Following the disappointing homebuilders confidence report in March, the latest data on sales of the previously-owned U.S. homes looks encouraging. The National Association of Realtors (NAR’s) data showed a 6.5% rise in existing homes sales to a seasonally-adjusted annual rate of 5.77 million units in February (the highest since February 2007). Moreover, the metric beats Reuters economists’ forecast of a 0.7% rise to 5.50 million units. Furthermore, existing home sales rose 7.2% year on year (read: Are ETFs in Trouble as Homebuilders Confidence Drops in March?).
Accounting for about 90% of U.S. home sales, existing home sales were up in all the regions except for a 4.1% decline in the Northeast.
However, it is worth noting here that the data reflects numbers that include contracts signed in December and January before any impact of the coronavirus pandemic on the U.S. economy.
Coronavirus & the U.S. Housing Market
The coronavirus outbreak shows no signs of slowing down with around 32,149 confirmed cases in the United States and a death toll of 400. Also, the coronavirus-led market rout continues in the United States. Moreover, the job market is expected to be severely hit as Americans are increasingly filing claims for unemployment benefits. Growing social distancing efforts are also expected to have adverse impacts on homebuyer interests. Resultantly, a fall in buyer traffic is being observed with properties getting delisted. Per a CNBC article, an analyst at Capital Economics believes that sales will plunge 35% annually. However, measures taken by the Federal Reserve and the government to fight the pandemic might provide some support to the U.S. housing market (read: Coronavirus Panic to Send Economy Into Recession: ETF Picks).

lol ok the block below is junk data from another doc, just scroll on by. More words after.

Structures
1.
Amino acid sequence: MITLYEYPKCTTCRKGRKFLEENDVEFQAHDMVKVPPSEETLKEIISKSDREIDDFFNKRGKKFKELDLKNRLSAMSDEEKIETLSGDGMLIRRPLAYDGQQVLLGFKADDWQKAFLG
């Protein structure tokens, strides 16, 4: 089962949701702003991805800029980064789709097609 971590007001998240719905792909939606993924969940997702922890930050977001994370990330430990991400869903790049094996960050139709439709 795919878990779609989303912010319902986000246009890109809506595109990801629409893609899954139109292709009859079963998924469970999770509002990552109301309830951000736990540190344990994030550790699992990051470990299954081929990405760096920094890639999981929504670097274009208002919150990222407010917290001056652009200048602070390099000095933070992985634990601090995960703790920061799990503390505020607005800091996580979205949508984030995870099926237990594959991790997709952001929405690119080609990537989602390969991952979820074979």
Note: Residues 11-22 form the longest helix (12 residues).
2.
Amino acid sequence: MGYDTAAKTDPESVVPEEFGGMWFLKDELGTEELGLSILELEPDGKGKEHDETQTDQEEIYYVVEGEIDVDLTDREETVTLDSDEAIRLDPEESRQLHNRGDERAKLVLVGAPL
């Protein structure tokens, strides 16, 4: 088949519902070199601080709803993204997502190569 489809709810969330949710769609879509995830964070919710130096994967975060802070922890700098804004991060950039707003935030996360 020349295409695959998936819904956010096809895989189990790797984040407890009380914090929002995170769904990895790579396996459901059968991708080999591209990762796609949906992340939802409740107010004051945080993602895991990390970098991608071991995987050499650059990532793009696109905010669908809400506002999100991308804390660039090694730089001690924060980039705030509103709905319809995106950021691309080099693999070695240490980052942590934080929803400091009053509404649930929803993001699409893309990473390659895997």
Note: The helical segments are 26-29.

Lean Housing Inventories: Challenges Remain
Builders continue to bear the brunt of rising development and construction costs along with lack of skilled labor. These are affecting supply, which in turn, is disturbing the reasonable pricing of homes. In fact, there was a 9.8% year-over-year fall to 1.47 million in the number of previously-owned homes in the market this February.
Of late, a surge in home prices has been observed, which is eroding the benefits of low mortgage rates and thus affecting sales. The median existing house price rose 8% in February to $270,100 from the prior-year level.
Moreover, in comparison to the 3.6 months needed to deplete the supply of homes in last year, the latest data suggests that only 3.1 months will suffice at February’s pace. Notably, a six-to-seven-month supply is considered a healthy balance between supply and demand.
Homebuilder ETFs in Focus
Against the backdrop, let’s take a look at a few homebuilder ETFs.
iShares U.S. Home Construction ETF (ITB - Free Report)
This fund provides exposure to U.S. companies that manufacture residential homes by tracking the Dow Jones U.S. Select Home Construction Index. With AUM of $625.2 million, it holds a basket of 44 stocks, heavily focused on the top three firms. The product charges 42 basis points (bps) in annual fees. It carries a Zacks ETF Rank #2 (Buy) with a High-risk outlook (read: What Fed Rate Cut? 5 Reasons Why Housing ETFs Are in Trouble).
SPDR S&P Homebuilders ETF (XHB - Free Report)
A popular choice in the homebuilding space, XHB follows the S&P Homebuilders Select Industry Index. The fund holds about 34 securities in its basket. It has AUM of $479.1 million. The fund charges 35 bps in annual fees and carries a Zacks ETF Rank of 2, with a High-risk outlook.
Invesco Dynamic Building & Construction ETF (PKB - Free Report)
This fund follows the Dynamic Building & Construction Intellidex Index, holding well-diversified 29 stocks in its basket, with each accounting for less than a 6.58% share. It has amassed assets worth $55 million. Expense ratio is 0.60%. It is a Zacks #2 Ranked ETF, with a High-risk outlook (see: all the Materials ETFs here).
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